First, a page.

El Salvador Just Became Latin America’s First Bitcoin Nation.20.09.2021by Michalis Efthymiou
Why crypto is more than a currency and how El Salvador just became Latin America’s first bitcoin nation.
Last week, El Salvador became the first country in the world to allow bitcoin as legal tender alongside the dollar. In other words, it has become an economic medium recognised and accepted by the country’s legal system.
The initiative, heralded by the country’s 40-year-old President Nayib Bukele, was strongly criticized by international financial bodies and wiped out $400 Billion in the crypto’s market value, before a slight rebound.
The government bought its first 400 coins, with a market value of $ 21 million.
It also launched the “Chivo” (“Super” in colloquial language) e-wallet needed for day-to-day bitcoin transactions with his mobile phone and offered a $30 welcome when downloaded.
For the head of state and his government, bitcoin will allow Salvadorans to save $ 400 million in bank charges when sending money by the diaspora, especially in the United States, which represents 22% of GDP.
The Financial Times also points to the pressure that this system places on the international reserves. The challenge here is to ensure its convertibility, especially if the price of Bitcoin collapses.
Of the 6.5 million inhabitants of El Salvador, 80% do not know what bitcoin is, nor what it is worth… On the other hand, 70% understand that it is very volatile, and oppose its adoption.
Observers explain that this measure will have a negative impact on the living conditions of Salvadorans due to the high volatility of the exchange rate of bitcoin, and will have an impact on the prices of goods and services.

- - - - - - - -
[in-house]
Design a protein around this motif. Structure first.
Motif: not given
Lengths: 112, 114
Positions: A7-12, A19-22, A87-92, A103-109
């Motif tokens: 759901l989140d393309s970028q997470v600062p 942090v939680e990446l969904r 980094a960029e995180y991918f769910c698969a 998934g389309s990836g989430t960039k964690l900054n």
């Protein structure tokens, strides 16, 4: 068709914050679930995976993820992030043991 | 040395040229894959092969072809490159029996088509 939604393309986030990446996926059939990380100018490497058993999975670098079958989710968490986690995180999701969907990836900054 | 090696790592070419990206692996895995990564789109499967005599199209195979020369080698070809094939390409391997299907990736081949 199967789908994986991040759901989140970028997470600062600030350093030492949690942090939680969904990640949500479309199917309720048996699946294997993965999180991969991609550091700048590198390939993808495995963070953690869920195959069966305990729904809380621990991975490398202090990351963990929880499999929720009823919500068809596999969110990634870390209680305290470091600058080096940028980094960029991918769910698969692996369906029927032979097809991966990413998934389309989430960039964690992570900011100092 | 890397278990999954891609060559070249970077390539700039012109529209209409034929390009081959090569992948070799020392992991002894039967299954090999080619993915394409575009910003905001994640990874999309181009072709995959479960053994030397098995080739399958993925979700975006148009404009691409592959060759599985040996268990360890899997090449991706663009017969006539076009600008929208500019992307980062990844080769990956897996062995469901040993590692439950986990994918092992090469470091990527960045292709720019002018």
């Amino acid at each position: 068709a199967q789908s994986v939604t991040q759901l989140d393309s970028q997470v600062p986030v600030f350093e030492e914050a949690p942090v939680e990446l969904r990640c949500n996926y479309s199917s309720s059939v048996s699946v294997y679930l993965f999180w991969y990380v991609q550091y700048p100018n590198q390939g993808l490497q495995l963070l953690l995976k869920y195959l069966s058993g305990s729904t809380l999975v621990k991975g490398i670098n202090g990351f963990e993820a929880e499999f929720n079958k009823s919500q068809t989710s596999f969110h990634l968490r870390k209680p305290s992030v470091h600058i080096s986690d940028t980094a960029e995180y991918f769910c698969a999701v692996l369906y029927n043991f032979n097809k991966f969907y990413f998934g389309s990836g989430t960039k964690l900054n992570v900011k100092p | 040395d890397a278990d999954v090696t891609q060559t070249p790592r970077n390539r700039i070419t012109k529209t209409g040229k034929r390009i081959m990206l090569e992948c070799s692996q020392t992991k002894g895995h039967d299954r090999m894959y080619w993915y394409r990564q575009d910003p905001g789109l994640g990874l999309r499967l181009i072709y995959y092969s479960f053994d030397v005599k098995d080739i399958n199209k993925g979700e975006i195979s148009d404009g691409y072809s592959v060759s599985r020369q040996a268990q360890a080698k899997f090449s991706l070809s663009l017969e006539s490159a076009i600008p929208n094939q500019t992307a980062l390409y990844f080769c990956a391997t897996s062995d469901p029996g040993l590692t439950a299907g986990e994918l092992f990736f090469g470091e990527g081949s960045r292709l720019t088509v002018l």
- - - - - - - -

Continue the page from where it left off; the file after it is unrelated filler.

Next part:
Almost 25% of El Salvador’s GDP comes from remittances, and with approximately USD 400 million in transfer fees, the President sees this initiative as beneficial to Salvadorians abroad. Because bitcoin transfers are presented as free via the national app, they will save large amounts of money when sending funds back home.
The government has also guaranteed convertibility to some extent with the creation of a dedicated USD 200 million fund.
Breaking the Dollar grip and making waves
This development is yet another attempt by Latin American countries to decrease their economies’ dependency on USD and raw exports.
As an add-on to the new law and an incentive to attract capital, the Salvadorian government has announced a tax exemption for foreign investors on their Bitcoin income.
If this movement survives the initial period bump-free, it could make waves, particularly in the region.
Panama could be the next in line to legalize cryptocurrencies, as the country’s Congress is trying to pass a Bitcoin and altcoins law.
Also, Mexico has decided to speed up the development of a Bitcoin law and Paraguay has hinted that the country could turn to cryptocurrency.
Traded on markets any soon?
Canadian celebrity investor Kevin O’Leary announced last week plans to double his investment in cryptocurrencies before the end of the year.
He explained that regulators who give financial firms the green light to view Bitcoin (BTC / USD) as an asset would see at least a trillion dollars entering the currency. He also said that the SEC’s approval of a BTC exchange-traded fund (ETF) could also help the coin achieve this feat.
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